- Meal Plans: Another good example of a fringe benefit are meal plans. Because the cost of meals adds up quickly, many employers provide free meals for employees that work overtime.
- Childcare or Dependent Assistance: Work scheduling conflicts arise because of a lack of childcare assistance. Established companies usually offer employees child care on-site, free, or at a discounted cost. On the other hand, smaller companies usually provide a monthly bonus to pay for child care.
- Retirement Plan Contributions: Employees look forward to a retirement plan. While some companies offer employee 401(k) paycheck deferrals (automatic retirement saving contribution deduction via employee’s paycheck), other companies make premium contributions to retirement plans without their employees paying any contribution. Retirement plan contributions help employees save for the long-term, above and beyond their monthly salaries.
How Fringe Benefits Differ From Common Employee Benefits
- Required by the Law
Common employee benefits are employee benefits mandated by local statute, state, or federal law. Unlike common employee benefits, fringe benefits are given at the discretion of the employer. In short, fringe benefits are not mandatory.
For small businesses that aim to stay competitive and retain good employees, allocating budget for employee benefits can be tough. But with so many employee benefits available, what benefits are required by the law?
- Social Security and Medicare: The Federal Insurance Contributions Act (FICA) specifies that both employers and workers are required to contribute to these funds.
- Workers’ Compensation Insurance: It provides financial support to workers unable to work due to occupational illness or workplace injury.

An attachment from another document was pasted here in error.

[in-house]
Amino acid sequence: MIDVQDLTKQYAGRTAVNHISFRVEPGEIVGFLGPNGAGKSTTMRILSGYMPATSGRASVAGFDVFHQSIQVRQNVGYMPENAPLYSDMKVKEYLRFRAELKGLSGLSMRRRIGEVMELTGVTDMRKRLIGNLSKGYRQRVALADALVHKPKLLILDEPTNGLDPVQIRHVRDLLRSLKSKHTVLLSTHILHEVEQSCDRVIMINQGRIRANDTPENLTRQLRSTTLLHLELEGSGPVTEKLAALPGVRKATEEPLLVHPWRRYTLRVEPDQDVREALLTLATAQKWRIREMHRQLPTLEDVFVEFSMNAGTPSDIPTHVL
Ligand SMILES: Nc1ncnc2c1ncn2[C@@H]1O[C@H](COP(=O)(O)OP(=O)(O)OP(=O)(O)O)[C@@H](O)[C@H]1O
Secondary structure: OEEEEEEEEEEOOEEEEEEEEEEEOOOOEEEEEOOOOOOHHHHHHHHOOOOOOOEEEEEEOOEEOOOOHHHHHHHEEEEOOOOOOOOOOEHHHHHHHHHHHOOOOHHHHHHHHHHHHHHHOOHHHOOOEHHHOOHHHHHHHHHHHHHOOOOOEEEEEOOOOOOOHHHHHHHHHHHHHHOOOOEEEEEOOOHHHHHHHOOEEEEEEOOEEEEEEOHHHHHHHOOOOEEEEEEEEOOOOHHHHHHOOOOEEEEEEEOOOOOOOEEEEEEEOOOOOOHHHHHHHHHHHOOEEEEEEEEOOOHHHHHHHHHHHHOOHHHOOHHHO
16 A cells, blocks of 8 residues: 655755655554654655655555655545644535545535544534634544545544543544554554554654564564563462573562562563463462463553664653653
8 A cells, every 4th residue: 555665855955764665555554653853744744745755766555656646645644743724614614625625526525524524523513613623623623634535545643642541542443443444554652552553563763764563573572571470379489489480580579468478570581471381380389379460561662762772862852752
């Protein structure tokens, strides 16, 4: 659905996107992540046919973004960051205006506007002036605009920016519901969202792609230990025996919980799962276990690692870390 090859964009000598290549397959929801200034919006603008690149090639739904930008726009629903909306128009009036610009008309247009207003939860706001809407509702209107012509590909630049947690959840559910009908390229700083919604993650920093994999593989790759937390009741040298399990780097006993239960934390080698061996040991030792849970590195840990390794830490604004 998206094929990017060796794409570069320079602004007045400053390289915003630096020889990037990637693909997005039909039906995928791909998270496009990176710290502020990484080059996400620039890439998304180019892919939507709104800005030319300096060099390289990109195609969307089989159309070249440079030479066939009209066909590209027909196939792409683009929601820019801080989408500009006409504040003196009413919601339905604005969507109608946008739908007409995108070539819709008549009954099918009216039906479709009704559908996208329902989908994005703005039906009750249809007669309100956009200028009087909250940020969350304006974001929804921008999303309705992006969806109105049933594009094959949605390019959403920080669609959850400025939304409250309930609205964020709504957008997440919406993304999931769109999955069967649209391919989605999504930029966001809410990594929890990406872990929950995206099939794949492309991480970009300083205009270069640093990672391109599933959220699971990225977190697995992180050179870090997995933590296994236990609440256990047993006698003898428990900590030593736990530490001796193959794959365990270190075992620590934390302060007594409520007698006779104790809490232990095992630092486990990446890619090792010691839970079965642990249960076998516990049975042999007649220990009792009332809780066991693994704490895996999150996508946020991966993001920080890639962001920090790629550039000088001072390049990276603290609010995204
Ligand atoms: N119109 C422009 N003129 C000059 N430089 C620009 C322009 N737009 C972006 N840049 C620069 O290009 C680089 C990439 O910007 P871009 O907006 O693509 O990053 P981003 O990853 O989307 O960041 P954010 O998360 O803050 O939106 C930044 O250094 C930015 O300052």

- Unemployment Insurance: It assists employees who lose their jobs.
- Health Insurance: Companies with 50 and more full-time workers, including full-time equivalent employees, should offer health insurance.
- Medical Leave: All employees and workers from private firms (50 or more employees) should be given 12 weeks of unpaid leave yearly for qualifying medical and family reasons.
- Premium Contributions
For common benefits, employers and employees usually share in paying premium contributions. On the other hand, fringe benefits are generally shouldered by the employer, mostly non-taxable or not deducted as a form of tax on employees’ income.
- Taxable and Non-taxable
All reimbursements or payments, including gifts and perks, are taxable under the law unless specified otherwise. Taxable employee benefits include commissions, wages, and overtime pays. Even tips are taxable and specified on Form W2 (Wage and Tax Statement employers are required to file to all employees and to the IRS at the end of the calendar year.
Non-taxable benefits may include medical cash allowance, monetized unused vacation leaves, and de minimis or minimal benefits (e.g., low-value gifts given on company anniversary or holidays). Also, food subsidy, uniform or clothing allowance, daily meal allowance, and employee achievement awards or incentives are not taxable.
Fringe benefits are given to employees based on the discretion of their employers. Some fringe benefits are paid vacation leaves, disability, life insurance, retirement savings plans, wellness programs, child care assistance, and education assistance.